In our house, nausea is enemy number one when it comes to illness. We treat Phenergan® like white gold. Its wonderful magical powers to relieve a horribly upset stomach is priceless. So when Bashert began to feel sick to her stomach, she figured some of the lovely stuff would be in order. Oh, no…not this close to delivery. They did not want to introduce anything new with any hint of a sedative effect at this point. Bashert’s face was quite the study of disappointment when Nice Labor Nurse handed her the ubiquitous kidney shaped plastic bowl.
On and on the ‘now’ of the night moved. The contraction monitor stopped working, but Bashert could feel the oncoming contractions in a disassociated kind of way. There were no longer levels of measure, they were just contractions. This was a good thing because Dr. Ken was not pleased at the rate of Bashert’s progression considering the meconium in the amniotic fluid. He ordered the administration of oxytocin to speed things up a bit. Things plucked along nicely until Nice Labor Nurse backed off the oxytocin to slow us up again. Seeing our confusion, she told us that there was another mother on the floor in labor emergency. We would have to wait a little longer to see our son.
Activity in our room began again in earnest when a new labor nurse walked into the room. It was shift change. I looked at Bashert and she at me. Eyebrows raised in unison, we both whispered, “Oh, my g-d. Our baby is going to be delivered by Barbie!” I kid you not, Nurse Barbie had bleached blonde hair, nails painted fire engine red and more make-up on than Honey-Boo-Boo. We were scared witless.
Thankfully, our fears were immediately allayed. Nurse Barbie swept into the room and took charge. “Let’s get this baby into the world!” Nurse Barbie was confident and assuring. Bashert and I shrugged and went with it. The oxytocin drip was restarted and things went to town. Soon I could see little Yoda’s head crowning. Talk about surreal! I had never seen a birth, not even did I watch Nenè being born – the reality of it was too much for me, yeah, it is not like the sanitized stuff seen on television, not by a long shot. I was excited, scared, fascinated and freaked out all at the same time.
It was the weirdest thing to be able to reach down and lightly touch his head. The same head I had rubbed those late nights through Bashert’s abdomen. It was so strange to touch him and realize that he would soon no longer be part of only Bashert, but be part of the world. It really is an overwhelming thing to experience. I finally realized why the other partner is the one crying at the baby’s birth. The intimacy of the relationship between birth mother and her baby cannot be denied; it is a symbiotic relationship (not to spoil the moment but it is actually a parasitic relationship, but really? Ick.) The relationship for us on the other side of the uterus is a more etherial one until we actually get to see, hear, and feel the little one. The abstract is no more.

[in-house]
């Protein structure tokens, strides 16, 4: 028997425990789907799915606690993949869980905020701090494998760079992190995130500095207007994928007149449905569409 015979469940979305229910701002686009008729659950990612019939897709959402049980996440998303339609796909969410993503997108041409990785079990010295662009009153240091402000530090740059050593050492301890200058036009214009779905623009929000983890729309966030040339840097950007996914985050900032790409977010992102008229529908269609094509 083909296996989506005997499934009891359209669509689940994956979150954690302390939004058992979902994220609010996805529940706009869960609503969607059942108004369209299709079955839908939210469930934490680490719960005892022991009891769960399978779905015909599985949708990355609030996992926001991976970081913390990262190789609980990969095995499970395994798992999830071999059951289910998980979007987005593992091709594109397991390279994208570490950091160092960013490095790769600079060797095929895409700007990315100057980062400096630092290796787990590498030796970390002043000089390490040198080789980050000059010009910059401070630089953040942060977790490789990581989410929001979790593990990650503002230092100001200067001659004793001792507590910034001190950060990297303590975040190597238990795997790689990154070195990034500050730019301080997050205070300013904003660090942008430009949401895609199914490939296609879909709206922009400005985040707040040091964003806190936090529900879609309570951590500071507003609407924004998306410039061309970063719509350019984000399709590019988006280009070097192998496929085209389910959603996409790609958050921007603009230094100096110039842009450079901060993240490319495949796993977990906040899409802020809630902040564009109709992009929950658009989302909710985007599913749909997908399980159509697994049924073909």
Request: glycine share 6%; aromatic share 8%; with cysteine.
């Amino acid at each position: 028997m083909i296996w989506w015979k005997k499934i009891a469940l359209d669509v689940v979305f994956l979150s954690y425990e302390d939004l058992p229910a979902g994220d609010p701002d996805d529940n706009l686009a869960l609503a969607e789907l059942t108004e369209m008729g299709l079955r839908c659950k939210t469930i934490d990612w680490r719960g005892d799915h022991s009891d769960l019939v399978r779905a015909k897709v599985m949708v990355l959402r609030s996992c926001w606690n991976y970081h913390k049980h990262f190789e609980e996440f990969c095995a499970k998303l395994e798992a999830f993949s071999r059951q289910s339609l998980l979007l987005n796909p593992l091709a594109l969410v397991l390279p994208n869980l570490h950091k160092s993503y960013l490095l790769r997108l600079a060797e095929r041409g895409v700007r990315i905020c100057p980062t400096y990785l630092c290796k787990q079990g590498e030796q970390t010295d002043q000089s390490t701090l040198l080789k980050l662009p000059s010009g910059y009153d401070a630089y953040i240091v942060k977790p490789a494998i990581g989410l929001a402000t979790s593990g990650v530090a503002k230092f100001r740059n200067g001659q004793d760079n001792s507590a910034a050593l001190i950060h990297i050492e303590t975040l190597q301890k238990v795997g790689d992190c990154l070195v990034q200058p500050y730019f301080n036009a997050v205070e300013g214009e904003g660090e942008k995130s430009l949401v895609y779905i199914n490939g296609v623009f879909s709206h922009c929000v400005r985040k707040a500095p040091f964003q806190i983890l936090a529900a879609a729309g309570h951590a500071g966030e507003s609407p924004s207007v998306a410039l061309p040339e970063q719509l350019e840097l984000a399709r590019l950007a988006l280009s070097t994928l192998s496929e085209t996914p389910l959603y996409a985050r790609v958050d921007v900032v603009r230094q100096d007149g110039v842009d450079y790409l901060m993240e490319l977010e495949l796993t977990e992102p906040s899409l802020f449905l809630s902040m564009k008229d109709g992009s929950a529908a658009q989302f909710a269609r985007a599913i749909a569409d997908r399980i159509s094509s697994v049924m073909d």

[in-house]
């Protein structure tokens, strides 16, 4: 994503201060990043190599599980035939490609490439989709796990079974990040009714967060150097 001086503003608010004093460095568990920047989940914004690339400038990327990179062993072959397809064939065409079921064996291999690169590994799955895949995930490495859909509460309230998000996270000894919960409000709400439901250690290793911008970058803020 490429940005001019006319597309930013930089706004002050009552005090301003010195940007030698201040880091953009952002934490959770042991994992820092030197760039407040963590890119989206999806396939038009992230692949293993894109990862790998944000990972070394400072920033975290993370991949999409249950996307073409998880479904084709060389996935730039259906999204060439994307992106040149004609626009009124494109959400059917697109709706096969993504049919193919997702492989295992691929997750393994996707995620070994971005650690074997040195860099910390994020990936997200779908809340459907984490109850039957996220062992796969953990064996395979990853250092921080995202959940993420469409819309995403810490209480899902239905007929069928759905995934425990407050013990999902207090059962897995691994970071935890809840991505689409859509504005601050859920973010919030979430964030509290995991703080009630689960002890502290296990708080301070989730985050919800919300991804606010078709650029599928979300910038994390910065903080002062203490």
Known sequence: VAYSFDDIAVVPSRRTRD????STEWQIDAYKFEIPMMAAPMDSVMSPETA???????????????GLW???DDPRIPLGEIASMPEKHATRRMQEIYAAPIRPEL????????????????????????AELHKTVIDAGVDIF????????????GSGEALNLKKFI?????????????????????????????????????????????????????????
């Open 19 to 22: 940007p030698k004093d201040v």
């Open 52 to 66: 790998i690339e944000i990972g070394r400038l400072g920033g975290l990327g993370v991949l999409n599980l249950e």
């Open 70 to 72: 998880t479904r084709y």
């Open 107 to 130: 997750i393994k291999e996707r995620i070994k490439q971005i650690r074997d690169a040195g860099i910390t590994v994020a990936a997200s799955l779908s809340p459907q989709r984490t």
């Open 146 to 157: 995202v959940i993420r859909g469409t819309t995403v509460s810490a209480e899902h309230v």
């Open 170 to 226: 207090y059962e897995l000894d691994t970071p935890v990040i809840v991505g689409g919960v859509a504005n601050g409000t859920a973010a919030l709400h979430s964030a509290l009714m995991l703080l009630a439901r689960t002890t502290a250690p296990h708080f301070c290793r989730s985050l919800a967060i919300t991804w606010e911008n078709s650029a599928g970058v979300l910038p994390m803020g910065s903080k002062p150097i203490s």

In preparation for Yoda’s birth and subsequent baby naming ceremony and during her creative textile spurt, Bashert made a kippah (yarmulke) for him. It was a tiny little thing about 3 inches round. We had fun making bets as to whether Yoda would have enough hair to use Velcro to hold it in place or if we would have to tape it to his bald head. When I saw Yoda’s head full of black hair begin to emerge, I leaned up and whispered to Bashert, “Velcro.” Poor thing, she looked at me like I was nuts. I could tell she was thinking “What in the hell are you talking about – I’m a bit busy here.”
Dr. Ken interceded by telling us the baby was coming. I looked back down and he was delivering Yoda, but stopped. I looked closer. The umbilical cord had wrapped around the baby’s neck, twice. Dr. Ken carefully slipped his fingers underneath the coils and cut them away. It happened fast and in slow motion all at once. My anticipation (and admittedly some dread) about being able to cut the cord was dashed, but the safety of the baby absolutely came first. After the cord was loosened Dr. Ken helped slide the rest of the baby out into the world. Quietly.
He did not not want Yoda to cry yet because of the meconium. If Yoda cried there would be the chance that he would aspirate it and that would be a bad thing. So as soon as he was fully out, the other attending Nice Nurse whisked Yoda away to the little portioned off area to make sure he had not done so anyway. The quiet was unsettling. The wait was unsettling. It seemed that from the beginning of this journey all we did was wait. I held on to Bashert but could not take my eyes from the concentrated work Other Nice Nurse was doing. When that first plaintive, mewling cry came out into the room, there was a collective breath released. All was going to be okay.
Other Nice Nurse, kept trying to get a diaper on Yoda to bring him over to us, but each time she did, the little booger pooped. Four diapers later, he was finally put into Bashert’s arms. Our barely six pound, little boy had finally made it. Delivered by Ken and Barbie, our Judah Kol, the voice of Judaea had arrived. He looked like Curious George after losing a street fight, but he was here and our wait was finally over.
And I can’t believe that was 10 years ago! I love the Ken and Barbie bit. So true!